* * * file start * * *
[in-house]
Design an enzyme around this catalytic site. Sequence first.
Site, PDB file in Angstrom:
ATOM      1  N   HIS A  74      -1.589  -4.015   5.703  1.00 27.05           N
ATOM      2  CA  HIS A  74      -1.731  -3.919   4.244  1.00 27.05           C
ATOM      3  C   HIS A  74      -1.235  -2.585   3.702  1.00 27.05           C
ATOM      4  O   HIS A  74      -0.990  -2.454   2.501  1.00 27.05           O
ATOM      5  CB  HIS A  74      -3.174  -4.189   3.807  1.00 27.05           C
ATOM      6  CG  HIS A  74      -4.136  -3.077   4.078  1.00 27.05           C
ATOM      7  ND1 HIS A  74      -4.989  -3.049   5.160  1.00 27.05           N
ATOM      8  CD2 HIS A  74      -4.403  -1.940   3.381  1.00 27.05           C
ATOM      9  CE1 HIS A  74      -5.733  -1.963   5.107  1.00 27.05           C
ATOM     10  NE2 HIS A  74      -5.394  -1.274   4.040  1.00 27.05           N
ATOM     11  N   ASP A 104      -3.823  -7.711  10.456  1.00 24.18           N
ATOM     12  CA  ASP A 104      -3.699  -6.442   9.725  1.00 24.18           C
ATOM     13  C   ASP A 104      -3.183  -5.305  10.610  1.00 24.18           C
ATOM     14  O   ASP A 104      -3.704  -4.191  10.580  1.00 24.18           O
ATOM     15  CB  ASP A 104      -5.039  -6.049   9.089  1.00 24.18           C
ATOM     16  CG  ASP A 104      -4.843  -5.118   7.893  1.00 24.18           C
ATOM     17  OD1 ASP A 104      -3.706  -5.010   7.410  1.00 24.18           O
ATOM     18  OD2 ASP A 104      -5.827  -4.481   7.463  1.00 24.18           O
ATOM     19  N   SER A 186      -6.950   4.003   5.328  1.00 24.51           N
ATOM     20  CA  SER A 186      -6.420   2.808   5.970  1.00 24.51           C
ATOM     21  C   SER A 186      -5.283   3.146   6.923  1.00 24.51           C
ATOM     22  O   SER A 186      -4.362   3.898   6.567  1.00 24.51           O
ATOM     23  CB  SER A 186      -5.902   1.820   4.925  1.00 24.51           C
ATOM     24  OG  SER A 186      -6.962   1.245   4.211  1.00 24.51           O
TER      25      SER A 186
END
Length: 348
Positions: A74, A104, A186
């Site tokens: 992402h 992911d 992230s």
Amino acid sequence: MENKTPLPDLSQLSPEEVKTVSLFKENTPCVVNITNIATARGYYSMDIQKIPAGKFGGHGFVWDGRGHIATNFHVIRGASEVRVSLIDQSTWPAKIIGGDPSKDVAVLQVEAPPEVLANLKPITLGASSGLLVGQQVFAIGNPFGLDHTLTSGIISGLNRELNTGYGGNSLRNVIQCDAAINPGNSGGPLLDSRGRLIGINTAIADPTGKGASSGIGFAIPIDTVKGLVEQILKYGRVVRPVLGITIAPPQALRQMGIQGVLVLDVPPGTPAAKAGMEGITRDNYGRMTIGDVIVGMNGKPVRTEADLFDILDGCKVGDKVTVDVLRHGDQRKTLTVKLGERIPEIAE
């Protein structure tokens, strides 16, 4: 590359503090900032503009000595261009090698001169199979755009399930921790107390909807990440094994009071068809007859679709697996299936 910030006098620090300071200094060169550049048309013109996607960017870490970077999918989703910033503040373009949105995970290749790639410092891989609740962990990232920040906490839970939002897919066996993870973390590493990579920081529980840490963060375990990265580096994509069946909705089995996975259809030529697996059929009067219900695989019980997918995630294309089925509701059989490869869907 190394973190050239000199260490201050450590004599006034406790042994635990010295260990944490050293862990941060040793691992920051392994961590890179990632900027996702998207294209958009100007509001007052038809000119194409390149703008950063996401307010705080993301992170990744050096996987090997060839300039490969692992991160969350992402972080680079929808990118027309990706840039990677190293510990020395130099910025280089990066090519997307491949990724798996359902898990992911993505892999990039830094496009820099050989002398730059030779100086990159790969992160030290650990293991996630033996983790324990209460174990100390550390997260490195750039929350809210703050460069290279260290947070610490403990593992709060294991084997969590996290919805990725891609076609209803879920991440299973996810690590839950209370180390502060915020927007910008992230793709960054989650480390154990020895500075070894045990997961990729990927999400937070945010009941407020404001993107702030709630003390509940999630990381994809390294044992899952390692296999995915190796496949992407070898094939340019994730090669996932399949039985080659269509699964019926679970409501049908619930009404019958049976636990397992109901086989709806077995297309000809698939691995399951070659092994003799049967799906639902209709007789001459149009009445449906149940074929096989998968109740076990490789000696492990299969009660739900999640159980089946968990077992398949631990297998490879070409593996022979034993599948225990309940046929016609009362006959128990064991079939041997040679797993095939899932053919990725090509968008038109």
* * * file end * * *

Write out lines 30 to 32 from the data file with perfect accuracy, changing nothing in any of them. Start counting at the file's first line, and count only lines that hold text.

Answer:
Length: 348
Positions: A74, A104, A186
């Site tokens: 992402h 992911d 992230s």